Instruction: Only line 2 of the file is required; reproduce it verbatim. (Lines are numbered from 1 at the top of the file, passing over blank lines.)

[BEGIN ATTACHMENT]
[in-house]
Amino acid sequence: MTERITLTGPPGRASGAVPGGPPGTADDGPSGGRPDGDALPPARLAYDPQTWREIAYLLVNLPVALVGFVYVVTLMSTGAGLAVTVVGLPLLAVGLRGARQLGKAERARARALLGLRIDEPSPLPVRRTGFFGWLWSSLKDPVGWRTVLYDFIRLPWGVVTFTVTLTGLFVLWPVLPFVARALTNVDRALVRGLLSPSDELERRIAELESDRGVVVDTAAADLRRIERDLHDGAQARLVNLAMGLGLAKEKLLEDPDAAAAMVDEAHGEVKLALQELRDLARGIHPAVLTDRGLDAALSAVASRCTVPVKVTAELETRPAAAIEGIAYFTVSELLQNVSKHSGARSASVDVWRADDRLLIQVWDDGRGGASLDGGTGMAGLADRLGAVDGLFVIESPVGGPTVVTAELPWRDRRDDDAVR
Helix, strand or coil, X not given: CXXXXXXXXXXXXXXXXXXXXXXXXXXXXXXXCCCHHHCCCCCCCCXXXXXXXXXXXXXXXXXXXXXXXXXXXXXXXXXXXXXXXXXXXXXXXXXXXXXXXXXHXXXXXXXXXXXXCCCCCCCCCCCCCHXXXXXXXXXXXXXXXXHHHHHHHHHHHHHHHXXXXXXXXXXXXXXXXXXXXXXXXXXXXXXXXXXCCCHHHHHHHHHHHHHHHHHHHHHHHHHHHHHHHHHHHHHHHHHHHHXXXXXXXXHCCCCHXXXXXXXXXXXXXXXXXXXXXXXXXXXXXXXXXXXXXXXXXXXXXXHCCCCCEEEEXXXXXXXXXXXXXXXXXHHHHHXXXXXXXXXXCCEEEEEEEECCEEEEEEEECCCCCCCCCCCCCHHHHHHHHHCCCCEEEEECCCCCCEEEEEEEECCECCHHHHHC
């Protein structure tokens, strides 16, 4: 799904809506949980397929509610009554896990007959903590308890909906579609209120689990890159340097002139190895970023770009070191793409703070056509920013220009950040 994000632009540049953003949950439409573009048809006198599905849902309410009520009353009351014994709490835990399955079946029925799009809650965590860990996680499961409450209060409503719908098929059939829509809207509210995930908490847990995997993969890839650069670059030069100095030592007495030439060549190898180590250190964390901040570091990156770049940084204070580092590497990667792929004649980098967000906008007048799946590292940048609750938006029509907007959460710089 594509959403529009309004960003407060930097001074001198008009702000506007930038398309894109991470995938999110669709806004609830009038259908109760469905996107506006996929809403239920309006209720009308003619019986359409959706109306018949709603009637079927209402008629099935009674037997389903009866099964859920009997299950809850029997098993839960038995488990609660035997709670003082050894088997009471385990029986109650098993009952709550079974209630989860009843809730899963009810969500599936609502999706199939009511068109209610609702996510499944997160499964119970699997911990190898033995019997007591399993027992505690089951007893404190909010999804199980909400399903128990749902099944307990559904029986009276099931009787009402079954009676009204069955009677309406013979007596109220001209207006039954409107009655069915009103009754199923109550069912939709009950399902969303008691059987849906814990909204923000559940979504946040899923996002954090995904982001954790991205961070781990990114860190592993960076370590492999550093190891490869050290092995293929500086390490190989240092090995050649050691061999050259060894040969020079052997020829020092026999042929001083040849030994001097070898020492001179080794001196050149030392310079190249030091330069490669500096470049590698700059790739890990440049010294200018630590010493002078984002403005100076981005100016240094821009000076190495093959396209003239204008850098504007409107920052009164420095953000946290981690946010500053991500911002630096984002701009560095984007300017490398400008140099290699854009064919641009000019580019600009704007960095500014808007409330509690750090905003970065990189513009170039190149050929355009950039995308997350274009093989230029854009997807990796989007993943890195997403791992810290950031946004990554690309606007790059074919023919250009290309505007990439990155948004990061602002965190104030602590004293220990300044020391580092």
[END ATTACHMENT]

Amino acid sequence: MTERITLTGPPGRASGAVPGGPPGTADDGPSGGRPDGDALPPARLAYDPQTWREIAYLLVNLPVALVGFVYVVTLMSTGAGLAVTVVGLPLLAVGLRGARQLGKAERARARALLGLRIDEPSPLPVRRTGFFGWLWSSLKDPVGWRTVLYDFIRLPWGVVTFTVTLTGLFVLWPVLPFVARALTNVDRALVRGLLSPSDELERRIAELESDRGVVVDTAAADLRRIERDLHDGAQARLVNLAMGLGLAKEKLLEDPDAAAAMVDEAHGEVKLALQELRDLARGIHPAVLTDRGLDAALSAVASRCTVPVKVTAELETRPAAAIEGIAYFTVSELLQNVSKHSGARSASVDVWRADDRLLIQVWDDGRGGASLDGGTGMAGLADRLGAVDGLFVIESPVGGPTVVTAELPWRDRRDDDAVR